Almost no one writes about what happens after the victory, the hard work and daily struggle after the barricades, the factory occupations, the mass mobilizations. So I’m rather fascinated by the few that do, especially when they do it both deeply and beautifully.
The Dispossessed by Ursula Le Guin is much loved and much discussed in certain circles and almost entirely unknown in others, making it hard to know where to start when writing about it. I shall never do it justice, but it is undoubtedly one of the books that changed how I think about the world when I first read it, and that offers up new insights every time I go back.
In brief the planet Urras is as much like Earth during the cold war as an imaginative and richly described future world could be. Some two hundred years before the book’s events, a woman named Odo led an anarcho-syndicalist rebellion on Urras, successful enough to win the moon of Anarres for an anarchist settlement ruled through consensus rather than hierarchical government.
It is bleak and bare, a place demanding that survival be fought for. The people of Anarres change their language and their laws and their relationships, erasing the possessive. You no longer lend or borrow, but you share. You no longer have, instead you use. If you wish to love and hold only one person you may, but they are even less yours than the children. And they succeed in all of these things; they have wrested two hundred years of survival from an unforgiving environment where nothing, absolutely nothing can be wasted. Although limited by this desert to a grimness that no one could aspire to, they build a society of equality, fairness and mutual aid, and one that is arguably far better than anything we can see today.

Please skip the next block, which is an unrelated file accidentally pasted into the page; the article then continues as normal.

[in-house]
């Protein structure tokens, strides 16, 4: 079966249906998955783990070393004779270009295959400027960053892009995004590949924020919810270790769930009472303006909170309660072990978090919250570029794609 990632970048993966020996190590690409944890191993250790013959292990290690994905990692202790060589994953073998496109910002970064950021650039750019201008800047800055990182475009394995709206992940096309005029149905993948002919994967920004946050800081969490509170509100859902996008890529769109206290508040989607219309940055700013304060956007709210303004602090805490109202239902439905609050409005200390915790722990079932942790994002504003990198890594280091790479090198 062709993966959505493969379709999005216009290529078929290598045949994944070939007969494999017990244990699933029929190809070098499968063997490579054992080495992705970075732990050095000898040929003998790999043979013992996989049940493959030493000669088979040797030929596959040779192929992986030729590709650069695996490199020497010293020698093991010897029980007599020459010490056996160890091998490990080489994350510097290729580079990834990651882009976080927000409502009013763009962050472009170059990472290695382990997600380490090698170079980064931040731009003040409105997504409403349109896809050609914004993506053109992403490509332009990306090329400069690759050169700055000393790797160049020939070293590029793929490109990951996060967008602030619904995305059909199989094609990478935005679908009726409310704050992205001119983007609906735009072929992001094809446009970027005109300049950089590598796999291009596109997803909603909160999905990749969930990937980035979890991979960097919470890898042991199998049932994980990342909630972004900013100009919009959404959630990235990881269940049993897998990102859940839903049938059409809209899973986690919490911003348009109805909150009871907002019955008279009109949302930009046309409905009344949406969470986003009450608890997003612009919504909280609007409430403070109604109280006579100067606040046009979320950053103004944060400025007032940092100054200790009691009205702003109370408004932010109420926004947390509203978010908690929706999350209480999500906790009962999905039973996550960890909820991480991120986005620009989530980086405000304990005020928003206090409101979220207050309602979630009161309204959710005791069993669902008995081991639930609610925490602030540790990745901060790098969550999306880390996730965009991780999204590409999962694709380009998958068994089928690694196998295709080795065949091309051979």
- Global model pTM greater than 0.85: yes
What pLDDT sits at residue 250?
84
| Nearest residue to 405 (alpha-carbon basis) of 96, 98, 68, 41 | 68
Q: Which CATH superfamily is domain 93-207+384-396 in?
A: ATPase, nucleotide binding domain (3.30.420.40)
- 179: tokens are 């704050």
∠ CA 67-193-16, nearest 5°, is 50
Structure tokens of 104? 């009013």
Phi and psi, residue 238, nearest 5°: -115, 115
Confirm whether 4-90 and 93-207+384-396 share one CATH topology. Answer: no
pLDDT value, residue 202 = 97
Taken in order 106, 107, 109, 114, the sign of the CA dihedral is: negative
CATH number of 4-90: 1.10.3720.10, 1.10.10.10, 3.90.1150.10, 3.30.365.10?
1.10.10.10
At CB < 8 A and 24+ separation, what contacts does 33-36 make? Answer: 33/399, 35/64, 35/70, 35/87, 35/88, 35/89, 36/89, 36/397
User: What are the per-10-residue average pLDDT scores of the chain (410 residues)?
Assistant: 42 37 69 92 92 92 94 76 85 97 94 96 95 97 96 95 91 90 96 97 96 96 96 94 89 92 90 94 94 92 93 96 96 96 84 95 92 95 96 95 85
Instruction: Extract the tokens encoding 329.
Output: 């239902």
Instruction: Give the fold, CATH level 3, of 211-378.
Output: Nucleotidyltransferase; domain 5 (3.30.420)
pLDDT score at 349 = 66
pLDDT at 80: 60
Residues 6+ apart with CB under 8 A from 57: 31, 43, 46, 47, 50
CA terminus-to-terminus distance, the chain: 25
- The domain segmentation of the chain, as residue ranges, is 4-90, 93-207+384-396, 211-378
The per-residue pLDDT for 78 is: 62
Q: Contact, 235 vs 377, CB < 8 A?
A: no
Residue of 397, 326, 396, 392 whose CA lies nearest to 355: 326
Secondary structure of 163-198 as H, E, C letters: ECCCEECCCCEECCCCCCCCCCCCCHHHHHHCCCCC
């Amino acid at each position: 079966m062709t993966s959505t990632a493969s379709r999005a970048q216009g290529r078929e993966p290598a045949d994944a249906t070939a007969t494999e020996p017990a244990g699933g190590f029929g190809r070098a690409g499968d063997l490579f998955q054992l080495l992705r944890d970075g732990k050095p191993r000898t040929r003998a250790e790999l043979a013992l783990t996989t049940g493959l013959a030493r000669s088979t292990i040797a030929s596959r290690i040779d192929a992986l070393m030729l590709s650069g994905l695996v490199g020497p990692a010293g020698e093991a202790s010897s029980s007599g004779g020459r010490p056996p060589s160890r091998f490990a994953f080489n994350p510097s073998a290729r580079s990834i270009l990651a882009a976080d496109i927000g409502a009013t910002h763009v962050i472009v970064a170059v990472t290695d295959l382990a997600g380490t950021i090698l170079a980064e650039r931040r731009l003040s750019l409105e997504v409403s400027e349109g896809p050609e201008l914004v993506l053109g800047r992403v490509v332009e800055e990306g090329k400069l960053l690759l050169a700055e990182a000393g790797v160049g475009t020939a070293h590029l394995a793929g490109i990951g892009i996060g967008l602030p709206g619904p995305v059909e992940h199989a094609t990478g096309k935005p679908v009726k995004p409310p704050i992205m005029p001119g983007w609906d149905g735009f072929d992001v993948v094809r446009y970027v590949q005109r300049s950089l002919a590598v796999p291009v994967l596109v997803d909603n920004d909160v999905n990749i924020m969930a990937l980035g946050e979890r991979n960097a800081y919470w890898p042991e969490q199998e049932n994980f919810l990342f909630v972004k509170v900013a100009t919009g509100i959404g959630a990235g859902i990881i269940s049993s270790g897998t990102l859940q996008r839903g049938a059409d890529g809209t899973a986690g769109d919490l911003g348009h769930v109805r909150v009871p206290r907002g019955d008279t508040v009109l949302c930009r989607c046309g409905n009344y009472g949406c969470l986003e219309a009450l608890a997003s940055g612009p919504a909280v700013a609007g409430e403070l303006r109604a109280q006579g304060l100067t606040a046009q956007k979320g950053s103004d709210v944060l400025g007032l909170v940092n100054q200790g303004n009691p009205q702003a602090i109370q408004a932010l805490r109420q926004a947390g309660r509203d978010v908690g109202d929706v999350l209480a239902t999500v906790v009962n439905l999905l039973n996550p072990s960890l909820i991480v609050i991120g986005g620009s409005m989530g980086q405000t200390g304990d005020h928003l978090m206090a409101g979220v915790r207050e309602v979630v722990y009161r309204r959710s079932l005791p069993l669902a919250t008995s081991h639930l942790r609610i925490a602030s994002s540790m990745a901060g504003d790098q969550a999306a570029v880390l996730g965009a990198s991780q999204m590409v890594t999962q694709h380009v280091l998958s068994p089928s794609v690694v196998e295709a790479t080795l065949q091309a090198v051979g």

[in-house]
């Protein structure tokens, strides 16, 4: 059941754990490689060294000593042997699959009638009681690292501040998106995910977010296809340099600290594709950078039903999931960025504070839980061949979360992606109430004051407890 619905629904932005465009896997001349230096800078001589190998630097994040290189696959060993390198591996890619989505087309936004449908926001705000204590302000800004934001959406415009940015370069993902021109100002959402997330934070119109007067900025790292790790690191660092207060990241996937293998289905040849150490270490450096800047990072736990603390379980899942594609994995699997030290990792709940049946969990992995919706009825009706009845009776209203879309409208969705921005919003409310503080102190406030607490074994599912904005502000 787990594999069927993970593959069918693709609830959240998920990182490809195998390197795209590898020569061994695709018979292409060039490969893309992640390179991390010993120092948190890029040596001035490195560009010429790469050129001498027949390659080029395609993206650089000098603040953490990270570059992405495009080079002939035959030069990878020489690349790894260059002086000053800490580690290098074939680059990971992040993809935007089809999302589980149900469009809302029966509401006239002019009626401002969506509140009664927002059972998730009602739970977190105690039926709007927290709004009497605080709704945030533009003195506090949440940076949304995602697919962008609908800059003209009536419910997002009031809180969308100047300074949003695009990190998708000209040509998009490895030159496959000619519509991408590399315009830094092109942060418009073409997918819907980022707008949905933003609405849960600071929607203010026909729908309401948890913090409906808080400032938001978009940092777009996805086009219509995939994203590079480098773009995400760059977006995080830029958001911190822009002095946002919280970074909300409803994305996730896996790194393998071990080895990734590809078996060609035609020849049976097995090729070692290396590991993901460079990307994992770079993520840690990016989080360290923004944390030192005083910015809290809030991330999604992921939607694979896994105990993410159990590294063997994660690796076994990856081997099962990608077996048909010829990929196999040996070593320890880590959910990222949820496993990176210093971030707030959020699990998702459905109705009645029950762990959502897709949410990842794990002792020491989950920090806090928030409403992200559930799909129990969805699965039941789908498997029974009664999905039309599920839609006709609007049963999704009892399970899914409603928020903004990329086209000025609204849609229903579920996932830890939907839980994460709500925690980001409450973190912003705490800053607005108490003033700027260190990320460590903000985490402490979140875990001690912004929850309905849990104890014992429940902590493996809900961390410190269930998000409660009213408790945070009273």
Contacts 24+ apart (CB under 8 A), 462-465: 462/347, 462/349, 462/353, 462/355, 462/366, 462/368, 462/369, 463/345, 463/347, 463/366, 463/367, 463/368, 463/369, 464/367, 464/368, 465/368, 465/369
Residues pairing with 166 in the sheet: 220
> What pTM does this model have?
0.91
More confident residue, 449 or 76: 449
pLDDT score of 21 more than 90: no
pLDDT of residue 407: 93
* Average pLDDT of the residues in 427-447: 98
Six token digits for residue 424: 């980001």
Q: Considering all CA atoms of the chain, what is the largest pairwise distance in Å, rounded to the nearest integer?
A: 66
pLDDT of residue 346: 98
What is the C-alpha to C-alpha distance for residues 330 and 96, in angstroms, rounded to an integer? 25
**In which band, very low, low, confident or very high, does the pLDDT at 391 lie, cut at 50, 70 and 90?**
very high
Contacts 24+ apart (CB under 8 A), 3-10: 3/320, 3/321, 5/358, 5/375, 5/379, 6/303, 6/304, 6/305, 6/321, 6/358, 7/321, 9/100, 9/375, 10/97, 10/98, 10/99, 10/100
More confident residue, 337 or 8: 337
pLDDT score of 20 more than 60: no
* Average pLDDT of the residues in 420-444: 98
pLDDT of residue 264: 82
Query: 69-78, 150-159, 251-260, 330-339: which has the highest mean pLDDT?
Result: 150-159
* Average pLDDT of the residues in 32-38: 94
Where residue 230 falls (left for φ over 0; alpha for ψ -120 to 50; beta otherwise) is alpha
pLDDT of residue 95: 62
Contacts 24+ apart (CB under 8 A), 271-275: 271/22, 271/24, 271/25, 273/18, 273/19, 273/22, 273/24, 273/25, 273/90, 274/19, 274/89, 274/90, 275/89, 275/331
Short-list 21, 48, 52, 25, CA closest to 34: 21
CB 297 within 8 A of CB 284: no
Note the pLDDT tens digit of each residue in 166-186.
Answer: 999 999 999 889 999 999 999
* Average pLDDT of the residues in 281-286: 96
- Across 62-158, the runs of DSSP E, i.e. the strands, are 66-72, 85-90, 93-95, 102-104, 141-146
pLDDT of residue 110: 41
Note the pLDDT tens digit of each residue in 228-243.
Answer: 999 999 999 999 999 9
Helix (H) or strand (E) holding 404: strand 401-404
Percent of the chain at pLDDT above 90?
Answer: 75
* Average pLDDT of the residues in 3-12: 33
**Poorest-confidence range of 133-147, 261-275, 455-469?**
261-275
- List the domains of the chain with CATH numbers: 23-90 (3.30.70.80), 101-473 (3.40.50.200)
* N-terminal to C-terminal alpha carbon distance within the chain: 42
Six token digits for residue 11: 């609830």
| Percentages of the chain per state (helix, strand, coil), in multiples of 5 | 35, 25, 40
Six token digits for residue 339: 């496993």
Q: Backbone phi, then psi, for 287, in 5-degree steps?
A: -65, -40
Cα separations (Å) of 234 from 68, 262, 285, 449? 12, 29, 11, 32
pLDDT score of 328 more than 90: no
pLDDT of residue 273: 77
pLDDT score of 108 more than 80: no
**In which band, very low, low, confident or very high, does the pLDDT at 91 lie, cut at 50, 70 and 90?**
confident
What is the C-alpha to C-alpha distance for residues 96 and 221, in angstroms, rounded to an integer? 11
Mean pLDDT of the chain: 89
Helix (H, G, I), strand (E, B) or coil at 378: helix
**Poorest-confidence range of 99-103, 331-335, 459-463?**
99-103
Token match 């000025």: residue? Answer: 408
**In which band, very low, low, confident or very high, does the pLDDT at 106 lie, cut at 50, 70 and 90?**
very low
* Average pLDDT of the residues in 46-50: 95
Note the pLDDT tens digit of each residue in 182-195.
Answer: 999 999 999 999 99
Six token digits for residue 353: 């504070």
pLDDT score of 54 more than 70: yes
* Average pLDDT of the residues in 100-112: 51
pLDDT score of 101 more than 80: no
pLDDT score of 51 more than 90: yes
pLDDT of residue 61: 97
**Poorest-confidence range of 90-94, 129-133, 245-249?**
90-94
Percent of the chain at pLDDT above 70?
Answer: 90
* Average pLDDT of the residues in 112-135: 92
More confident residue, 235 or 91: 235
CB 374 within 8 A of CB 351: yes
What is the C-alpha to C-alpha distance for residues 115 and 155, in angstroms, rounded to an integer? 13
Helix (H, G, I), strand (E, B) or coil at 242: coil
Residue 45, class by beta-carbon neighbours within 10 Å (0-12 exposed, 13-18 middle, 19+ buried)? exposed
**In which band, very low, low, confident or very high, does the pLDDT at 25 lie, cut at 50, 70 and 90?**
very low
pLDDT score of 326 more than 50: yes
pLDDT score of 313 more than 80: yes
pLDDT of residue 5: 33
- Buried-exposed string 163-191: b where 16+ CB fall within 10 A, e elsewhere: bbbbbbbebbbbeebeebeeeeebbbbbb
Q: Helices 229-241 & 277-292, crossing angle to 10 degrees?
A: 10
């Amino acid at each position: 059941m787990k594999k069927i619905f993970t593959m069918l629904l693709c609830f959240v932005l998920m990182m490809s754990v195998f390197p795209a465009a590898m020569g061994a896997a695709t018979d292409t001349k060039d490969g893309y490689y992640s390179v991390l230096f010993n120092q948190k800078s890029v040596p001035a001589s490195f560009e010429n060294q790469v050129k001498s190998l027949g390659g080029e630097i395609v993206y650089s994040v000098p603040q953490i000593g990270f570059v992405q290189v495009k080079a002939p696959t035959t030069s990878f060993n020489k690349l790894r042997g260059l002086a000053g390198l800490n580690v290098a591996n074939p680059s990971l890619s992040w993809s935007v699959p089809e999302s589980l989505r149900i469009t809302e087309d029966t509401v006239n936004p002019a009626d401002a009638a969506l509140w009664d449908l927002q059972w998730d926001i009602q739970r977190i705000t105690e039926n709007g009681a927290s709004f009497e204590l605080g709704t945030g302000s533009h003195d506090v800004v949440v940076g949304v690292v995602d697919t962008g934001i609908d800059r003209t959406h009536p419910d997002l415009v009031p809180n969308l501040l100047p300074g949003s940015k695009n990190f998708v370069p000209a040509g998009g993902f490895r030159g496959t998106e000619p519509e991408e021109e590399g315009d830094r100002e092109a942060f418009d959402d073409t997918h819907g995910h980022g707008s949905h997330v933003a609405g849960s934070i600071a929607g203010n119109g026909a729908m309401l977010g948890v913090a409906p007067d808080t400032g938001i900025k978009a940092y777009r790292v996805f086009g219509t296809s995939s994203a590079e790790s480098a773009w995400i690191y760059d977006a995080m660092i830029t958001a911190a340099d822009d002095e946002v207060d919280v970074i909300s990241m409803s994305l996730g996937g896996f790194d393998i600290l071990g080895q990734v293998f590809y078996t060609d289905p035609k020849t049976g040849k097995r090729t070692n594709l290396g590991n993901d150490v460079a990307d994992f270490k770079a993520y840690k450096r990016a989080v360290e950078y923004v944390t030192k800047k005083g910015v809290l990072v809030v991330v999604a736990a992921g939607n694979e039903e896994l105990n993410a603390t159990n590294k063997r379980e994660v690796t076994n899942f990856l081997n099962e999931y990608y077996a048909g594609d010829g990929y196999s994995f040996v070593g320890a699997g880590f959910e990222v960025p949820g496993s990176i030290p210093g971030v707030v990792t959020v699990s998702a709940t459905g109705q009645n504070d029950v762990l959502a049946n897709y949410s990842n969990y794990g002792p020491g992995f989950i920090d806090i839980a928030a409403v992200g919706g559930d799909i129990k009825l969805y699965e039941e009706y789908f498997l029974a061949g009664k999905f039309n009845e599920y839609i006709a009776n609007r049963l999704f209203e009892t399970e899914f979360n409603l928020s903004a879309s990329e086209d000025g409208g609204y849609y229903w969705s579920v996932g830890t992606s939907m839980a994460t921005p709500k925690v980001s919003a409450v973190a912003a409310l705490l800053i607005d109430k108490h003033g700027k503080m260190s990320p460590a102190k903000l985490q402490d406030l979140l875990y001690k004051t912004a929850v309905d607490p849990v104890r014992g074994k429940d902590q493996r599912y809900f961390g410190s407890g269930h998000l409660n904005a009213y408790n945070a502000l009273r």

It is worth reading to explore and think about this society alone.
And yet. The main drama of the book hinges around a scientist, Shevek, whose research seeks to go beyond all that is known. He is held back, discouraged, isolated for seeking to know too much, for crossing society’s unspoken boundaries, for indulging in his ego. And so loving Anarres as he does, he leaves it for Urras. He goes there seeking to help his people, knowing that they will all believe him to have betrayed them. What of science (and writing and all similar things) is ego, and what a joy in your work, a drive to create, a desire to make the world better?
Still, for me the key question remains: how do you build something beautiful and solid, and yet also avoid stagnation? How do you avoid even the simple rules of an anarchist society becoming calcified and limiting? The reality is that utopia truly belongs to its name, no- place. It is something that we must continually build, develop, work towards.
Related to this, and a discussion much on my mind lately, is the way that people grow and transform themselves through struggle, and that this struggle is in fact a necessary part of developing our full capacities. Any system that does not allow for individuals to take risks, engage creatively and create their own sense of ownership, whether it be an organization, a democratic structure, or a utopia itself, is in fact limiting, deforming, oppressive. I intrinsically distrust perfection, and perhaps that is why. There is no way to grow, and there can be nothing new for anyone to contribute.
There is so much more here, and indeed in all of Le Guin’s writing. She is one of the very best. So just a final aside as a writer and an editor! I find the different covers of The Dispossessed to be extraordinary, and they show clearly both how readers are segmented into markets, and how certain writers transcend all of those segments. Just look at the covers below, think about the one you might have picked up in the store and the ones you would never, and then think about all the quality literature you just might be missing!